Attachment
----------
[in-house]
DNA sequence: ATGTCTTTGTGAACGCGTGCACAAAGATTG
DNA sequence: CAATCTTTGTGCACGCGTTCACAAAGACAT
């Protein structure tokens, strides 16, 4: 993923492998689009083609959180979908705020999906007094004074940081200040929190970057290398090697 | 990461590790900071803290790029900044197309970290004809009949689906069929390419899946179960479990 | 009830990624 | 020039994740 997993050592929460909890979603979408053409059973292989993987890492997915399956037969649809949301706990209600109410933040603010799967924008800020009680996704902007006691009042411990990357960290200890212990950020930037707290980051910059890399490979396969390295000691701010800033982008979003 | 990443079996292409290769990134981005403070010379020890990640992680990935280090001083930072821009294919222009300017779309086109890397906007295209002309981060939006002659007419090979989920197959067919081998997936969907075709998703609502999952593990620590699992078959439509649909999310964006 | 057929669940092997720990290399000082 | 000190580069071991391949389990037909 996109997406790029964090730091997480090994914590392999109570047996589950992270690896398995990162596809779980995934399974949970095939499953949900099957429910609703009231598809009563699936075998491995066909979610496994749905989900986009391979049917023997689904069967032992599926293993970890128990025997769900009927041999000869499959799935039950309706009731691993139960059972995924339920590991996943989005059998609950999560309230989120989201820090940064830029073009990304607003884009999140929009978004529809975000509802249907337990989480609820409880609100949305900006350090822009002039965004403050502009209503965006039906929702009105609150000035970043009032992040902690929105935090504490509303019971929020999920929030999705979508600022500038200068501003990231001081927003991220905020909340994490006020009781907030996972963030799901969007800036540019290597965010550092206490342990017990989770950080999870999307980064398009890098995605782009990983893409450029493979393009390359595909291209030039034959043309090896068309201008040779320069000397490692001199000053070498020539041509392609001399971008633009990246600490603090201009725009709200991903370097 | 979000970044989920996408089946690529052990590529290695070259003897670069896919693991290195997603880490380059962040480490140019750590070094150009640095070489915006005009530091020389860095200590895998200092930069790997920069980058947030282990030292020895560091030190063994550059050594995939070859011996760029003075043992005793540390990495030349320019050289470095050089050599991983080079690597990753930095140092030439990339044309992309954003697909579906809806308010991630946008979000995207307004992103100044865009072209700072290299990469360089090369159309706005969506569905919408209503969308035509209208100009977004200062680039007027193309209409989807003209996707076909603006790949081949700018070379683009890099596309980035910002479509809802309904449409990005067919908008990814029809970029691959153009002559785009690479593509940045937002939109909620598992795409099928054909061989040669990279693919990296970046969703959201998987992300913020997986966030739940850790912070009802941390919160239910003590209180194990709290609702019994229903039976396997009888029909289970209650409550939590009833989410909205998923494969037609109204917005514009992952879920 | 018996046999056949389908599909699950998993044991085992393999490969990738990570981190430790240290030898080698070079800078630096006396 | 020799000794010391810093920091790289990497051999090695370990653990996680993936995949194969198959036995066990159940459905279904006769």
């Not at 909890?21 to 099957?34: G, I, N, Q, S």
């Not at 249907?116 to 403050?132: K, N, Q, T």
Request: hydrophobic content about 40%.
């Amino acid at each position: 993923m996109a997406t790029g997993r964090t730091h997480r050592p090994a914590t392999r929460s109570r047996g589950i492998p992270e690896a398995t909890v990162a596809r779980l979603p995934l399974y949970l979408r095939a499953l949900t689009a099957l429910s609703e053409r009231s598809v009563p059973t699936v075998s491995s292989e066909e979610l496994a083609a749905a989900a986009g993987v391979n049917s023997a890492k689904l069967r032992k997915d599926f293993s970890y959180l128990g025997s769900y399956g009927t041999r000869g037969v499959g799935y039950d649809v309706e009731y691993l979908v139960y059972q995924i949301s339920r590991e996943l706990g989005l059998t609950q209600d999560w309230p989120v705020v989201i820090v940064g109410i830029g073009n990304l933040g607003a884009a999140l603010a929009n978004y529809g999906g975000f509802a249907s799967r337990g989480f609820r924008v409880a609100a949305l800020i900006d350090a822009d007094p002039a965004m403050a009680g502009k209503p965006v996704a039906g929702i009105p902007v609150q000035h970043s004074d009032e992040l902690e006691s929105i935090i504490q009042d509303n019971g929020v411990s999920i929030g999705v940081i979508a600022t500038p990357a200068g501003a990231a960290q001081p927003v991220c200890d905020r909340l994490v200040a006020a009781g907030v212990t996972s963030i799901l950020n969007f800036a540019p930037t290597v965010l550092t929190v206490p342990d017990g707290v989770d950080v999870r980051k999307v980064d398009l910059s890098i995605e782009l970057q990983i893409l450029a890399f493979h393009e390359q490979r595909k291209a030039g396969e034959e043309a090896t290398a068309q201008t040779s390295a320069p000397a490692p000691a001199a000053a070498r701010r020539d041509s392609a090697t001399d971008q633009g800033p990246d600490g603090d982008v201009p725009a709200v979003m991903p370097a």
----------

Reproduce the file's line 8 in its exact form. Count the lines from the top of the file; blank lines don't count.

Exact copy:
């Amino acid at each position: 993923m996109a997406t790029g997993r964090t730091h997480r050592p090994a914590t392999r929460s109570r047996g589950i492998p992270e690896a398995t909890v990162a596809r779980l979603p995934l399974y949970l979408r095939a499953l949900t689009a099957l429910s609703e053409r009231s598809v009563p059973t699936v075998s491995s292989e066909e979610l496994a083609a749905a989900a986009g993987v391979n049917s023997a890492k689904l069967r032992k997915d599926f293993s970890y959180l128990g025997s769900y399956g009927t041999r000869g037969v499959g799935y039950d649809v309706e009731y691993l979908v139960y059972q995924i949301s339920r590991e996943l706990g989005l059998t609950q209600d999560w309230p989120v705020v989201i820090v940064g109410i830029g073009n990304l933040g607003a884009a999140l603010a929009n978004y529809g999906g975000f509802a249907s799967r337990g989480f609820r924008v409880a609100a949305l800020i900006d350090a822009d007094p002039a965004m403050a009680g502009k209503p965006v996704a039906g929702i009105p902007v609150q000035h970043s004074d009032e992040l902690e006691s929105i935090i504490q009042d509303n019971g929020v411990s999920i929030g999705v940081i979508a600022t500038p990357a200068g501003a990231a960290q001081p927003v991220c200890d905020r909340l994490v200040a006020a009781g907030v212990t996972s963030i799901l950020n969007f800036a540019p930037t290597v965010l550092t929190v206490p342990d017990g707290v989770d950080v999870r980051k999307v980064d398009l910059s890098i995605e782009l970057q990983i893409l450029a890399f493979h393009e390359q490979r595909k291209a030039g396969e034959e043309a090896t290398a068309q201008t040779s390295a320069p000397a490692p000691a001199a000053a070498r701010r020539d041509s392609a090697t001399d971008q633009g800033p990246d600490g603090d982008v201009p725009a709200v979003m991903p370097a």